NEUTOPIA – Rivista del Possibile Vol. VII – DE-EVOLUTION

NEUTOPIA – Rivista del Possibile Vol. VII

Autori: Graziano Gala, Luca Manenti, Davide Galipò, Andrea Pauletto, Alessandra Greco, Andrea Astolfi, Francesco Aprile, Chiara Fiorano, Alessandro Mangiameli, Jacopo Lanaro, Alessia Ballato, Alberto Armanni, Luca Gringeri, Roberta Pasetti, Marta Zanierato

Illustratori: Luc Fierens, Franz Kafka, Lavinia Fagiuoli, Tim Molloy, Teppa Elle, Liudas Barkauskas, Nicolò Gugliuzza, Giannino Dari, Domenico Piraino

Copertina di Alessandro Mangiameli

96 pagine, colori, brossura

12 € (spedizione inclusa)

“20” a cura di Andrea Astolfi su

radioarte 0121 presenta:“20”
ideazione e cura: Andrea Astolfi,Un happening radiofonico, che pone al centro il dialogo tra testo e suono, sound art, musica
concreta e scrittura di ricerca. 20 come: 20 anni di attività di radioarte, 20 marzo, 20 scrittori di ricerca: Andrea Inglese, Vincenzo Ostuni, Marco Giovenale, Francesco Aprile, Gianluca Garrapa, Alessandra Greco, Michele Zaffarano, Mariangela Guatteri, Luca Zanini, Giorgiomaria Cornelio,
Gabriele Stera, Elena Cappai Bonanni, Cristiano Caggiula, Ophelia Borghesan, Paola Silvia Dolci, Andrea Astolfi, Fabio Teti, Barbara Giuliani, Simona Menicocci, Davide Galipò.

“20” sarà trasmesso h24 su il 20 marzo, giorno precedente la giornata mondiale della primavera.
radioarte0121 è una serie speciale di radio eventi in occasione dei venti anni di attività della piattaforma radioarte che hanno avuto inizio nell’anno 2001.Locandina di Margherita di Peco

francesco aprile – nostra danelectro dei turchi (a CB) – 07/02/2021 by francesco aprile

Schermi. Parole (IV) @ 60″, niederngasse

Per la nuova rubrica di Niedern Gasse a cura di Andrea Astolfi, 60″. “Schermi. Parole IV”.

Francesco Aprile, Code Poems 2010-2019, Post-Asemic Press, 2020


Introduction by Volodymyr Bilyk

Never underestimate the grind of technological progress. You never know what is coming, but you will be crushed by sheer laws-of-physics-defying weight of the surprise. That’s the thing you need to be aware of upon reading this book. One of the benefits of writing poetry is that you don’t really need to write what is generally considered to be poetry. In one way or another, you need to explore and apply aesthetic qualities and features of languages and use whatever tools that can help with accomplishing that task. From this perspective – computer code is pretty much a perfect medium for making poetry. You don’t need to do anything else and if everything comes together just right – poetry happens. Just like a swiss army knife poetry can transform code in a way that moves deeply into territory of unknown. Code poetry is a leap beyond. Paul N. Edwards wrote “computers are language machines”, except their understanding of language is more practical. Code is utilitarian, functional, it has a definite purpose. It makes sense. But when code is applied not as a functional element but as a thing-in-itself – it moves above and beyond. The result is something different, something that resembles regular code but is fundamentally different in its modus operandi. In a way, code poetry creates a paradox – it is a poem written in programming language that operates beyond the programming language’s function and designed for outsider’s perspective. That kind of beyond is within the reaches of the human mind but you have accepted it for what it is. In the human mind, code poetry is like desolate remains of borderline unknown, misinterpreted or semi-studied civilizations. The only thing you are left with are speculations and ruminations. As such, you need to go into this book open-minded. Let it do its job and make you surprised.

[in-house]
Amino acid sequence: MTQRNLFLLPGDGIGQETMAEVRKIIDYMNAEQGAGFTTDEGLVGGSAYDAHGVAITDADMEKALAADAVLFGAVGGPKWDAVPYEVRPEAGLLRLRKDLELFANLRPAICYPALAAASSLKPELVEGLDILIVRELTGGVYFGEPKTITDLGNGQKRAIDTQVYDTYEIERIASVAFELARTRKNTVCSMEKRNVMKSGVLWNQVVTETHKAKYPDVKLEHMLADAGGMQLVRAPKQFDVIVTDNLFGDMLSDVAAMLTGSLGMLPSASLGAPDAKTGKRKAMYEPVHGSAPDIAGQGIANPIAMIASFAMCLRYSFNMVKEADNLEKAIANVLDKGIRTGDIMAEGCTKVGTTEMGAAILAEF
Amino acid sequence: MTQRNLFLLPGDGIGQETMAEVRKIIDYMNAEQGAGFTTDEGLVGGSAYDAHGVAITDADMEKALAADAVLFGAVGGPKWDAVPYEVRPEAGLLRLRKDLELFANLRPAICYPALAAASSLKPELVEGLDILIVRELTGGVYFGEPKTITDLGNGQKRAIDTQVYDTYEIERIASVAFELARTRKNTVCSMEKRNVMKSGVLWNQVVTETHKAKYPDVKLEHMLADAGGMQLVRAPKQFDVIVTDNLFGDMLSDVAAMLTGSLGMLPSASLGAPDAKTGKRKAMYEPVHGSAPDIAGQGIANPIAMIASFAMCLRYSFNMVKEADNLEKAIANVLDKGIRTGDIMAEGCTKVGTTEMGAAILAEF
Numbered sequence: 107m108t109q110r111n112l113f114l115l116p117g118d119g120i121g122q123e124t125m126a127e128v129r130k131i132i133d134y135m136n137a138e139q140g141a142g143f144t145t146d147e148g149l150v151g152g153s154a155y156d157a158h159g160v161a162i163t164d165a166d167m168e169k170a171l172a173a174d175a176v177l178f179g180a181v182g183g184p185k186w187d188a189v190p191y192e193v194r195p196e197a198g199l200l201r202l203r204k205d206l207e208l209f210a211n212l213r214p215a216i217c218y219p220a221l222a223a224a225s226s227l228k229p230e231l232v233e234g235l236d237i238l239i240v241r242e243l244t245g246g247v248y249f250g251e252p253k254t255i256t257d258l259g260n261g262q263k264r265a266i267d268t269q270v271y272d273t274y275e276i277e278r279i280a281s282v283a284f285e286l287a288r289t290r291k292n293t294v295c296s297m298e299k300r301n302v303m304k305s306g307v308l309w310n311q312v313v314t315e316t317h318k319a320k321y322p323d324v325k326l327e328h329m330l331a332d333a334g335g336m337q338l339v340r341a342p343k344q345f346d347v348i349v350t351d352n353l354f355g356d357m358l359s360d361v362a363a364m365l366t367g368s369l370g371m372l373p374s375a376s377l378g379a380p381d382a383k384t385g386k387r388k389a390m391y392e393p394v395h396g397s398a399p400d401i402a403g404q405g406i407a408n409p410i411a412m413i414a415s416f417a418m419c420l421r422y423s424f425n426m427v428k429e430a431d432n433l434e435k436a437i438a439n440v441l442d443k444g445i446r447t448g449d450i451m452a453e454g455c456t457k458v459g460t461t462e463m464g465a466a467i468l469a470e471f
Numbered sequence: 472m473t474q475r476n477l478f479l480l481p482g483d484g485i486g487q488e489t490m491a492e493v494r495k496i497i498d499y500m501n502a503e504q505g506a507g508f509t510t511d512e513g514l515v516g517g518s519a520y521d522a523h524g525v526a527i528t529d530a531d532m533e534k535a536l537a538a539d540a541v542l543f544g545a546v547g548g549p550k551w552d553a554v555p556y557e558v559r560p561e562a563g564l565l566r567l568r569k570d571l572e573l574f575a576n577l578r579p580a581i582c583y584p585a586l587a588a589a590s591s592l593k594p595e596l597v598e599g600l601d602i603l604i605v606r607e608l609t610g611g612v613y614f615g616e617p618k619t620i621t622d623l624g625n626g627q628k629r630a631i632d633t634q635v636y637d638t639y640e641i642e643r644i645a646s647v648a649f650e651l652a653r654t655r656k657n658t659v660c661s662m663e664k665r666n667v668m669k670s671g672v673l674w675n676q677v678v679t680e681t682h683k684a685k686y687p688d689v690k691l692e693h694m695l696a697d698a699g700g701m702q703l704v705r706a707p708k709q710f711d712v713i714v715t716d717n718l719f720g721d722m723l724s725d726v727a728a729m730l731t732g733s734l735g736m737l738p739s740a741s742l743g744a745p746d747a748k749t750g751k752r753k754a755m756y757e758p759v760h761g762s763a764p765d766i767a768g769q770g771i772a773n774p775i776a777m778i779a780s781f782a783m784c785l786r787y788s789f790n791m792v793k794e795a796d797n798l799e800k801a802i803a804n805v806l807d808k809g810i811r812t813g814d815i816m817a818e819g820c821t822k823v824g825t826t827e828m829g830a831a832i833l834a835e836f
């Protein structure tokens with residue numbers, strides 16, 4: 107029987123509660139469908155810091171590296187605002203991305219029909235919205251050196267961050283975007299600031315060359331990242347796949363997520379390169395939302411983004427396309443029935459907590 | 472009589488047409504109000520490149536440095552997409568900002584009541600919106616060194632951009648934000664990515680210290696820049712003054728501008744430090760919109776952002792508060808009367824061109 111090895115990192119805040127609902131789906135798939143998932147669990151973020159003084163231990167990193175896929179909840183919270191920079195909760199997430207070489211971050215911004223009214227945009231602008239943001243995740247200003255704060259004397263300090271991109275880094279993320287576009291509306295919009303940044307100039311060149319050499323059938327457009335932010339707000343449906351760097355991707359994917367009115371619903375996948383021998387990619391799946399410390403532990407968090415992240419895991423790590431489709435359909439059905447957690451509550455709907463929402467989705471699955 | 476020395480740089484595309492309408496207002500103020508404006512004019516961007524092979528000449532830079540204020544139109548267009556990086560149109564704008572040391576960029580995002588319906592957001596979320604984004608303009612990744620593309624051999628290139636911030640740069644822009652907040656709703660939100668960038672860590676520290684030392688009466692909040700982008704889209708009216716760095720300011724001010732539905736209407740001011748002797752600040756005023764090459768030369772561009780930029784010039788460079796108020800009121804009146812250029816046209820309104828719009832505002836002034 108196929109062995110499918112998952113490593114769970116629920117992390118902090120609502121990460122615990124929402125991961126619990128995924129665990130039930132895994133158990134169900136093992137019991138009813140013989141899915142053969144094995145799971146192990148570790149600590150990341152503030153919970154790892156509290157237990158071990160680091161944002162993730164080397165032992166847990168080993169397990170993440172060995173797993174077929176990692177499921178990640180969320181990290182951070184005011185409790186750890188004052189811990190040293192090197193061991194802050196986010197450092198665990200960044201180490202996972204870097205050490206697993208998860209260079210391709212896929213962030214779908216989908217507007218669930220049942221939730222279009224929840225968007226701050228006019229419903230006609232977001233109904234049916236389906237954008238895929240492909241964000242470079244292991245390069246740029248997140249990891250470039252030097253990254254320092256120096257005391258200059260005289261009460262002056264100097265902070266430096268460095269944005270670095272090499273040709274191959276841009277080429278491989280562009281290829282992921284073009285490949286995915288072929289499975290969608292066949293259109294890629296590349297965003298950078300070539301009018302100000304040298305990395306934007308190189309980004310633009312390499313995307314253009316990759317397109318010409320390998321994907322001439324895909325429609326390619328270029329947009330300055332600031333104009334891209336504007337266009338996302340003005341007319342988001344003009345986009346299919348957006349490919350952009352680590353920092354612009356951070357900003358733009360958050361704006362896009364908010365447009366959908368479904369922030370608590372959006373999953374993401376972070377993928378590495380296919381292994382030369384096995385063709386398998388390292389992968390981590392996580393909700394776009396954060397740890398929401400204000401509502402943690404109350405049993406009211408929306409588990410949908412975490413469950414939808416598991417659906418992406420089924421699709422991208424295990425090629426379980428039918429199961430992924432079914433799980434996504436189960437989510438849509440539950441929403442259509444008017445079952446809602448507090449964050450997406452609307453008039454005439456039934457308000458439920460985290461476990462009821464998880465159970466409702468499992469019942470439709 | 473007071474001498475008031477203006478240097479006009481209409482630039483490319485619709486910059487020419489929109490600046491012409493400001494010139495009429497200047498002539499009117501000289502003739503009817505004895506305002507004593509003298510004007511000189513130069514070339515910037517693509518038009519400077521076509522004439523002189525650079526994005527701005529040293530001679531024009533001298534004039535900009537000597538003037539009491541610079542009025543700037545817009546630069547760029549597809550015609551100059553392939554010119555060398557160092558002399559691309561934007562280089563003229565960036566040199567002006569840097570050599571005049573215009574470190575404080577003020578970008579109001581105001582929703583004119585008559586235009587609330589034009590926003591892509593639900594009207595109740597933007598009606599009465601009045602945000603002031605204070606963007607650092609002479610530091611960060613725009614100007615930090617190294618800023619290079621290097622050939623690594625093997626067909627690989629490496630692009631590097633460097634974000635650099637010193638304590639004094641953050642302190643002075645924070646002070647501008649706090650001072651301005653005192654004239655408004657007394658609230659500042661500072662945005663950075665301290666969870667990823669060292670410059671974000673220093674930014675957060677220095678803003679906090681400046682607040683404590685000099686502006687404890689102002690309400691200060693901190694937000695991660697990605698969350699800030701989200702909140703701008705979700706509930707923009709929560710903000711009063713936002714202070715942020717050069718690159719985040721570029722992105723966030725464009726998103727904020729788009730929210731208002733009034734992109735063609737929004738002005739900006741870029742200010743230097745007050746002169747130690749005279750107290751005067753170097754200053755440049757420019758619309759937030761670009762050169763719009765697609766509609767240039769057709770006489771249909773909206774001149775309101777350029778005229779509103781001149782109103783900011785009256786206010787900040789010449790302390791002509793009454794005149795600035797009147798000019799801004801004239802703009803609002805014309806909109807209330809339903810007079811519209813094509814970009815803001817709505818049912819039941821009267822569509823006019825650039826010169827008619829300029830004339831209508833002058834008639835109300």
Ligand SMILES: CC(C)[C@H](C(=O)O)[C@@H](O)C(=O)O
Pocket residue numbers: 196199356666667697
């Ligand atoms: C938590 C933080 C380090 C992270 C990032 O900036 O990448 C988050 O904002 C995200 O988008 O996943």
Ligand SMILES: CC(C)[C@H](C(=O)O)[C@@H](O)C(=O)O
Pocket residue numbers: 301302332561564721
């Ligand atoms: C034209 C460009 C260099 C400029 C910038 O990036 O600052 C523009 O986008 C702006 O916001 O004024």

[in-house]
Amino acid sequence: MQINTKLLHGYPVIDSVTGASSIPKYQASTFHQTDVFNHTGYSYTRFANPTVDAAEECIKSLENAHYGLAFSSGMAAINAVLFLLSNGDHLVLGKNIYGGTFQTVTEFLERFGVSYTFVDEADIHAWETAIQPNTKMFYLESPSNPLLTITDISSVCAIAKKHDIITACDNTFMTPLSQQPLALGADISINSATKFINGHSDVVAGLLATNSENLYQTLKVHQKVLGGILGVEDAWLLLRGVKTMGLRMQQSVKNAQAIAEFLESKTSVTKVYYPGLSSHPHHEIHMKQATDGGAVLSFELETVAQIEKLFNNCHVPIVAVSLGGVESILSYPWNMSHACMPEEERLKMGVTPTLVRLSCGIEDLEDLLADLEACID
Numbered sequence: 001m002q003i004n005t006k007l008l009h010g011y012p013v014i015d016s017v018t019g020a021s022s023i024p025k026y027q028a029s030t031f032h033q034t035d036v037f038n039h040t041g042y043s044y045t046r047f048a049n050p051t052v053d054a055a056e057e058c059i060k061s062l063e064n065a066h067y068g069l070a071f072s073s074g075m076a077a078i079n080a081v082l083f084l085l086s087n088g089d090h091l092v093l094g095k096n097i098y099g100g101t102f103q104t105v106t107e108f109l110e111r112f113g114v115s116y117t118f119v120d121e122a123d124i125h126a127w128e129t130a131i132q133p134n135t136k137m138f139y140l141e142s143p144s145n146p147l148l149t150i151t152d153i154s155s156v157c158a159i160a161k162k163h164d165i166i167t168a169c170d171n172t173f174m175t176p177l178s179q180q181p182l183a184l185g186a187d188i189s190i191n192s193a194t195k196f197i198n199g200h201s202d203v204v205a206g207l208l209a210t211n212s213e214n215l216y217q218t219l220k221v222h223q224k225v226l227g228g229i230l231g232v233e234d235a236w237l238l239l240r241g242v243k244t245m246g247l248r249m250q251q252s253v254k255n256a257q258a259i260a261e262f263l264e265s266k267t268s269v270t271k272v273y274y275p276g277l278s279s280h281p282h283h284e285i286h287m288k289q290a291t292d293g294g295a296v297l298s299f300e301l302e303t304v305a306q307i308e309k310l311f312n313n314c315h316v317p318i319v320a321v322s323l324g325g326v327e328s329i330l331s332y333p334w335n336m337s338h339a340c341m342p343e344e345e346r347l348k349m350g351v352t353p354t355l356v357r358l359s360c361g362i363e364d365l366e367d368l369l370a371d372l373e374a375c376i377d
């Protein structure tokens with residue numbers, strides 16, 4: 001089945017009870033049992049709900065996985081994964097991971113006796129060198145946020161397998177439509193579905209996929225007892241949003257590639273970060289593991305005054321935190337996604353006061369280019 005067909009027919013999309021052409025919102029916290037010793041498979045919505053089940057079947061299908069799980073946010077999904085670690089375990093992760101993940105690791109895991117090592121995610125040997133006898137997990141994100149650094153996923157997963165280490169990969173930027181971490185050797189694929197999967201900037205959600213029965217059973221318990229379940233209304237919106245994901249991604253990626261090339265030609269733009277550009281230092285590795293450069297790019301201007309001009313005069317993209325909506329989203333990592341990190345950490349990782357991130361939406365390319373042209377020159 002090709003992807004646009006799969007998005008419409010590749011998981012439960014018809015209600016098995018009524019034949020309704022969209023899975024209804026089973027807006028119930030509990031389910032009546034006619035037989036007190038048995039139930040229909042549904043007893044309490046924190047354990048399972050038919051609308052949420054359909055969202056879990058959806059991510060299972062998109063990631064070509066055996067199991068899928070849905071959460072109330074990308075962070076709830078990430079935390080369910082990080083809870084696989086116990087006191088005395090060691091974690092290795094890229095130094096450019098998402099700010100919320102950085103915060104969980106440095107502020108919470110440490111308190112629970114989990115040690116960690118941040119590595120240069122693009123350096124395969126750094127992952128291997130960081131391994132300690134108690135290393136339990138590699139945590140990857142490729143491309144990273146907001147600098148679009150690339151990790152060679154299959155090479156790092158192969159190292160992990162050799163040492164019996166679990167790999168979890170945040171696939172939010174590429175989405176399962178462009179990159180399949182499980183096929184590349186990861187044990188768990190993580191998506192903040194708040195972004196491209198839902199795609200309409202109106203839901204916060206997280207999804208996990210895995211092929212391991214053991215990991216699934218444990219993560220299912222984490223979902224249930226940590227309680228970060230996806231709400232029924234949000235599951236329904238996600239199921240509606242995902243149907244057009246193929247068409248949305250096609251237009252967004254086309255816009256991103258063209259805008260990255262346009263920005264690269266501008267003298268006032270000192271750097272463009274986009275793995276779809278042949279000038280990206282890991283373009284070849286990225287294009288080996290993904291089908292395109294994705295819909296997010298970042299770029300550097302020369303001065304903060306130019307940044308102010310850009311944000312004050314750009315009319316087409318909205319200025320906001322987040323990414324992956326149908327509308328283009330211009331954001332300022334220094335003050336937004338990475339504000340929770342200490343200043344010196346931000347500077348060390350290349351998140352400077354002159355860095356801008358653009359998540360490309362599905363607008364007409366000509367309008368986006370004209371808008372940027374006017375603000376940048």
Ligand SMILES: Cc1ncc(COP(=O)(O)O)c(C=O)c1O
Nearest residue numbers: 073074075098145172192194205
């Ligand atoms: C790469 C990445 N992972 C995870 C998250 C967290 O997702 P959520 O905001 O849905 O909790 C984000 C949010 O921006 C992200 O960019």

This book is a collection of “Code poems” that the author wrote between 2010 and 2019. He used different languages: pseudocode, Html with Javascript, Css, Php and Laravel, found code, command-line executions and git, errors log from Katalon, Mvn and Katalium. The recent history of writing provides a large part of the context for the reception of the information technology in literature. After a high school diploma about information technology, the author studied Science of Philosophy. During degree course, he matured the idea to work on relations between code and poetry. His first research in this field takes the name of “Poetic algorithm” (2010). With his first poetic algorithm, written in pseudocode, he won in 2016 the Source Code Poetry Challenge in “Most artistic” category. Code poems are cracks in the technical workflow, a poetic manumission in a language that is stranger for the poetry. Codes reveal the differential state of themselves as writing and poem, but these are always codes.